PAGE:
Skip to content
All articles
  • All articles
  • About whales & dolphins
  • Create healthy seas
  • End captivity
  • Fundraising
  • Green Whale
  • Prevent bycatch
  • Prevent deaths in nets
  • Stop whaling
Clear the list graphic

Clear WDC’s Amazon Wishlist for Giving Tuesday

The holiday season is knocking on our doors and Giving Tuesday is coming up soon!...
Fin whales are targeted by Icelandic whalers

Speaking truth to power – my week giving whales a voice

The International Whaling Commission (IWC) meeting is where governments come together to make decisions about whaling...
The Codfather being good with Anvil kick feeding right next to them_0761 branded

Spout Spotters: Boater Safety Around Whales Online Course Launches

After countless hours behind the computer, bountiful snacks, and a few stress relieving walks with...
WDC team at UN Ocean conference

Give the ocean a chance – our message from the UN Ocean Conference

I'm looking out over the River Tejo in Lisbon, Portugal, reflecting on the astounding resilience...
65556ab2635fdab7b4e12265b9623d64

Stream to Sea: Orca Action Month 2022

This June was an exceptionally busy and exciting Orca Month, starting with a somewhat surprising...
We need whale poo ? WDC NA

Whales are our climate allies – meet the scientists busy proving it

At Whale and Dolphin Conservation, we're working hard to bring whales and the ocean into...

It’s Time To Breach The Snake River Dams

The Snake River dams were controversial even before they were built.  While they were still...
Nat Geo for Disney+ Luis Lamar

Five Facts About Orcas

Orcas, also known as killer whales, are one of the most recognizable and popular species...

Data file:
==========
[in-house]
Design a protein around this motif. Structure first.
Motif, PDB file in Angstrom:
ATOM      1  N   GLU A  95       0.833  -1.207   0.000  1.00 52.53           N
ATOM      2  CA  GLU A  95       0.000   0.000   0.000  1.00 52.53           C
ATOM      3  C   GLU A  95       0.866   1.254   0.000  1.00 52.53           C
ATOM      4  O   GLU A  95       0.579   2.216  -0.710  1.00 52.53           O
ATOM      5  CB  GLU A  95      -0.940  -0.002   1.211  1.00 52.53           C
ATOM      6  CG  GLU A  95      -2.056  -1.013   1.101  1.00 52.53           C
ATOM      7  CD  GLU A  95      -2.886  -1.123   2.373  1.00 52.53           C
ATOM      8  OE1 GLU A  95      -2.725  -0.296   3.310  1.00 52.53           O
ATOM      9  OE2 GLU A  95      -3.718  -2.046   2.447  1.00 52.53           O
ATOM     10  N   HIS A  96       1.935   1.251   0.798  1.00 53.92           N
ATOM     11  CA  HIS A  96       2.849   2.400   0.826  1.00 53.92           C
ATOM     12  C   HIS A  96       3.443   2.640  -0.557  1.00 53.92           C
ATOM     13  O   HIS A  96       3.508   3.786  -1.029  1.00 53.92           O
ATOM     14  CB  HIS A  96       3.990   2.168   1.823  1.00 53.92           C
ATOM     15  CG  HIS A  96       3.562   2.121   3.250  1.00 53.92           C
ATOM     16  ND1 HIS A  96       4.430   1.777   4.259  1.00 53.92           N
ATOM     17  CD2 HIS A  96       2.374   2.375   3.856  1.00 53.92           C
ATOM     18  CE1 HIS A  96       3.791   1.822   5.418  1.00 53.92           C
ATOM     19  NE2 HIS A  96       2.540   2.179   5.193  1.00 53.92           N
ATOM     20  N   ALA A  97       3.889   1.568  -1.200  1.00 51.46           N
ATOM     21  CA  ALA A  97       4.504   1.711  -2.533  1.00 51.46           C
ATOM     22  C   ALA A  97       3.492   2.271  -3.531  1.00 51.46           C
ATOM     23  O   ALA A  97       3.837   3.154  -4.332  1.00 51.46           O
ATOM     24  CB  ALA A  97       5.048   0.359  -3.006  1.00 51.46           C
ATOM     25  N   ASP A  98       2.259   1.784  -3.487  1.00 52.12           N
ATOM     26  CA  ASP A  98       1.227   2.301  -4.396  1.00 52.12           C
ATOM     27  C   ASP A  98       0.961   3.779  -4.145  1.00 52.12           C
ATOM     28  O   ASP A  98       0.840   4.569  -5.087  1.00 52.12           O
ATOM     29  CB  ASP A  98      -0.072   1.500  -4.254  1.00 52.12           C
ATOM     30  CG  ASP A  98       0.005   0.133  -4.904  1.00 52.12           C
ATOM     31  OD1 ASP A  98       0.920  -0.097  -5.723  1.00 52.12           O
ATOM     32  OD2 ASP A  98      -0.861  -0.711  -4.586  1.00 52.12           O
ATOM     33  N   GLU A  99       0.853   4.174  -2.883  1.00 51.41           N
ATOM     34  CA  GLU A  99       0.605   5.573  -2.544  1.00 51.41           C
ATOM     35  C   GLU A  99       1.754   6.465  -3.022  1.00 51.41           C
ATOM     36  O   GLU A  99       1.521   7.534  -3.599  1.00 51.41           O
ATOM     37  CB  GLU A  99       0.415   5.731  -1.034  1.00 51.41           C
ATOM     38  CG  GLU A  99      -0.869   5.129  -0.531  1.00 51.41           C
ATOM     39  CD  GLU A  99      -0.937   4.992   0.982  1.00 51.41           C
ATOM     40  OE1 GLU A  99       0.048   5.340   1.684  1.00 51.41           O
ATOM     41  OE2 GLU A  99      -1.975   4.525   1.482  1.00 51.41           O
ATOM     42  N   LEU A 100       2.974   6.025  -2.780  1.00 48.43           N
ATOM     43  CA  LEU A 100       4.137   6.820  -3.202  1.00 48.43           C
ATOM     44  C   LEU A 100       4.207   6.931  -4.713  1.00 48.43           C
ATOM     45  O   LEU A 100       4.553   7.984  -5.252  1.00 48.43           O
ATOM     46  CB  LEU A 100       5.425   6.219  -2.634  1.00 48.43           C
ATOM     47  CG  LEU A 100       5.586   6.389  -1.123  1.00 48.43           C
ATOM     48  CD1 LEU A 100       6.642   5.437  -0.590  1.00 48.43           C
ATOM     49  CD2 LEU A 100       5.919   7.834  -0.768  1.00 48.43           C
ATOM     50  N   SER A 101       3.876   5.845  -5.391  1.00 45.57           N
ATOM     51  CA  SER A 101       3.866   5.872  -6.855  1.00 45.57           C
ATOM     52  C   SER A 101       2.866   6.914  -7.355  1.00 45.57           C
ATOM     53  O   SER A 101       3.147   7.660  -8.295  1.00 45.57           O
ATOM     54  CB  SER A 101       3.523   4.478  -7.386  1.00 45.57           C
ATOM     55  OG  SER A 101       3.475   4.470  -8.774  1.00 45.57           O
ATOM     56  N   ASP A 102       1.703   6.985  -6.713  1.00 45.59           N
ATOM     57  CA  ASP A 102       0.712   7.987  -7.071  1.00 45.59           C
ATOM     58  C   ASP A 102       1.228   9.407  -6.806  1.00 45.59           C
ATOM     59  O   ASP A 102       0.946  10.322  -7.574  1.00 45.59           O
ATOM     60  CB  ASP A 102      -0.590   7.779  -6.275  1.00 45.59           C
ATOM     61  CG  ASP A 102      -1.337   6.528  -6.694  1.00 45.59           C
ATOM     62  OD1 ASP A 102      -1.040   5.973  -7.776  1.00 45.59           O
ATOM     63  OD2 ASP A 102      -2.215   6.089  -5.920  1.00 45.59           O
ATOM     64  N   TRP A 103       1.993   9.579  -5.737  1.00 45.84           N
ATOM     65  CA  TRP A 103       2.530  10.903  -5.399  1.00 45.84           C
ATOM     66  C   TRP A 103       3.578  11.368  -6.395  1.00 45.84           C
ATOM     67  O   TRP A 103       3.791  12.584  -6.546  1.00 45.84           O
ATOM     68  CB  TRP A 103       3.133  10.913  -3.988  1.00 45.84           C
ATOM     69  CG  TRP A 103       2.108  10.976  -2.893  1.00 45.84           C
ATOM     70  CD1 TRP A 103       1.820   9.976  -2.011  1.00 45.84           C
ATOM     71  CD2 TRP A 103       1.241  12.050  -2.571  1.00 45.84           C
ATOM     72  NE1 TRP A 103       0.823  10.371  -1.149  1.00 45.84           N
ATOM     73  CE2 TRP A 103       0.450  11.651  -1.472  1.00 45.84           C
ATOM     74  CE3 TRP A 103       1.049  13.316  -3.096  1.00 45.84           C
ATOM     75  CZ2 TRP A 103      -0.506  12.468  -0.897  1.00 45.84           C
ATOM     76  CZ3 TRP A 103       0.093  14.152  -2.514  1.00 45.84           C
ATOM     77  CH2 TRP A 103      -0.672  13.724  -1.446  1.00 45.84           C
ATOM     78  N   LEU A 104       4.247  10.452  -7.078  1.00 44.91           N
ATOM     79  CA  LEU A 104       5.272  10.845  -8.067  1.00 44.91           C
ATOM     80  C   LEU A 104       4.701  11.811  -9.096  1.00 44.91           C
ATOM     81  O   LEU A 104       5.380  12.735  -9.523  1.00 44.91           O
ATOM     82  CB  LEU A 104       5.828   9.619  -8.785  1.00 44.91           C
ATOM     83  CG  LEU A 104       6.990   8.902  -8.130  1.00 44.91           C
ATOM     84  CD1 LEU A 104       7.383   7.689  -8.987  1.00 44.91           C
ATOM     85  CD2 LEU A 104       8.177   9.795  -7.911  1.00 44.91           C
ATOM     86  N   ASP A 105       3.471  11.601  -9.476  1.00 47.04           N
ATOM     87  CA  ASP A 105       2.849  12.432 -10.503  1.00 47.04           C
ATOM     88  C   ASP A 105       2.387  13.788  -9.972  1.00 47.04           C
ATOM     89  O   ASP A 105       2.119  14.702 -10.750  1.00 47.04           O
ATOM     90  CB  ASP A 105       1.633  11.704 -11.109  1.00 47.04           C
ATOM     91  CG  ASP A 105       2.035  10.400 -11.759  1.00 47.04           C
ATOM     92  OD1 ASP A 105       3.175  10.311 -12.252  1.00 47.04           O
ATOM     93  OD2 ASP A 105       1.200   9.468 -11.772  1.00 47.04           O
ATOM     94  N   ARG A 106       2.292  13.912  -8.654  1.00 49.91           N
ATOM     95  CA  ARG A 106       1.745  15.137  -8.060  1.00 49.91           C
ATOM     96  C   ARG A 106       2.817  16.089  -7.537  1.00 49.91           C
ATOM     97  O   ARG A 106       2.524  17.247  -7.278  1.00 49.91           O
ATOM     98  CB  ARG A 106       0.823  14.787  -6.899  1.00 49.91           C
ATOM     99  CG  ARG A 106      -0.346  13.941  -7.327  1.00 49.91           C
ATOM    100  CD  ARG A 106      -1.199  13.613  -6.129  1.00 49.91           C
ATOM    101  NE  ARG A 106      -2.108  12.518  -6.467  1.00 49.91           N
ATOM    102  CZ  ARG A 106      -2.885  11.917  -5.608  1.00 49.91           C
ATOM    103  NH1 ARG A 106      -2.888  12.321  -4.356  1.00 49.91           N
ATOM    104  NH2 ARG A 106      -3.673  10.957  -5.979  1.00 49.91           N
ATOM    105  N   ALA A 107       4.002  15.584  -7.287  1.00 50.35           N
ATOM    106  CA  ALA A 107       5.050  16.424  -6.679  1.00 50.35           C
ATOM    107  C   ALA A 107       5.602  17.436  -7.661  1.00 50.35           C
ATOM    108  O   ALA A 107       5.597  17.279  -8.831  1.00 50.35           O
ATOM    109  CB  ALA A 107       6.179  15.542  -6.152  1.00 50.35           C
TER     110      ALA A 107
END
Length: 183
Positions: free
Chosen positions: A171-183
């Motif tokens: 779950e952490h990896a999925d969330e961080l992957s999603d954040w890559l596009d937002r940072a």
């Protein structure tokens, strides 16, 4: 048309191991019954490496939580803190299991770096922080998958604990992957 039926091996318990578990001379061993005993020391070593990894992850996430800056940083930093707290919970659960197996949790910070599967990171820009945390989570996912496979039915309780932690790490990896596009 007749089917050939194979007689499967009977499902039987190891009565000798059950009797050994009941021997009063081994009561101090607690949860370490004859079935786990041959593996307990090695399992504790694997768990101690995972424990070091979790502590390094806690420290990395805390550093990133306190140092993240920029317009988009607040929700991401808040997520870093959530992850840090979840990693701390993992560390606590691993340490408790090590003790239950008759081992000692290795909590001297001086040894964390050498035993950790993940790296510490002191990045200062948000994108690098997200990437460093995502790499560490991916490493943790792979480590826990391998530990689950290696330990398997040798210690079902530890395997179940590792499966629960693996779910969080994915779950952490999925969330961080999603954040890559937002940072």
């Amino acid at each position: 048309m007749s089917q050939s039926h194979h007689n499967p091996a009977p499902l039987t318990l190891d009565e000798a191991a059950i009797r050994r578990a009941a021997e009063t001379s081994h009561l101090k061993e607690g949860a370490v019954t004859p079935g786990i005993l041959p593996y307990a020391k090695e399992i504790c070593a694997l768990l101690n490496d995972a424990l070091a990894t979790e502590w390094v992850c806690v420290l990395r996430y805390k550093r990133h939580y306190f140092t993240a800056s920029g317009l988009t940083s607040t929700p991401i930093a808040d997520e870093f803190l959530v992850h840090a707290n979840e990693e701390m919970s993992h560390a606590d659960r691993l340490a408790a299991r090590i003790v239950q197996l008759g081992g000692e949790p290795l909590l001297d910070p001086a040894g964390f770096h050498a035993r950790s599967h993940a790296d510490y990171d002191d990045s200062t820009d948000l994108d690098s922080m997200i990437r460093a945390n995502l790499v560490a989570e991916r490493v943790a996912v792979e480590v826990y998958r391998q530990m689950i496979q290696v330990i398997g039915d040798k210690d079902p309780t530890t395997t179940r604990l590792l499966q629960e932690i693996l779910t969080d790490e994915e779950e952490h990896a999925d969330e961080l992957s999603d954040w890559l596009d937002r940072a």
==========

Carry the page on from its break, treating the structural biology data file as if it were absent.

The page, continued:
Well, “eel” be damned …

Finding out more about the behaviour of whales, dolphins and porpoises can be a tricky business but researchers in Denmark have inadvertently discovered a new technique and all by accident.

Scientists studying the oceanic migration behaviour of eels implanted tags that would record both temperature and depth into adult eels released on the Atlantic coasts of France and Ireland. Quite unexpectedly, for three of the tags there was a dramatic rise in temperature from 10°C to 36°C and the depth data recorded showed frequent dives to depths of around 800m, indicating that the tagged eels had been eaten by something with a penchant for eel.

Two of the tags had sufficient data to provide even more information. Between them, they recorded a total of 91 dives to maximum depths of 250-860m lasting 11-12 minutes and with surface intervals of 5-7 minutes. In addition, more than two thirds of the dives included a rapid descent from approximately 500m to 600-700m.

This additional information allowed the scientists to conclude that the eel-eating predator was most likely a deep-diving toothed whale – perhaps a sperm whale or a Cuvier’s beaked whale to name but a few.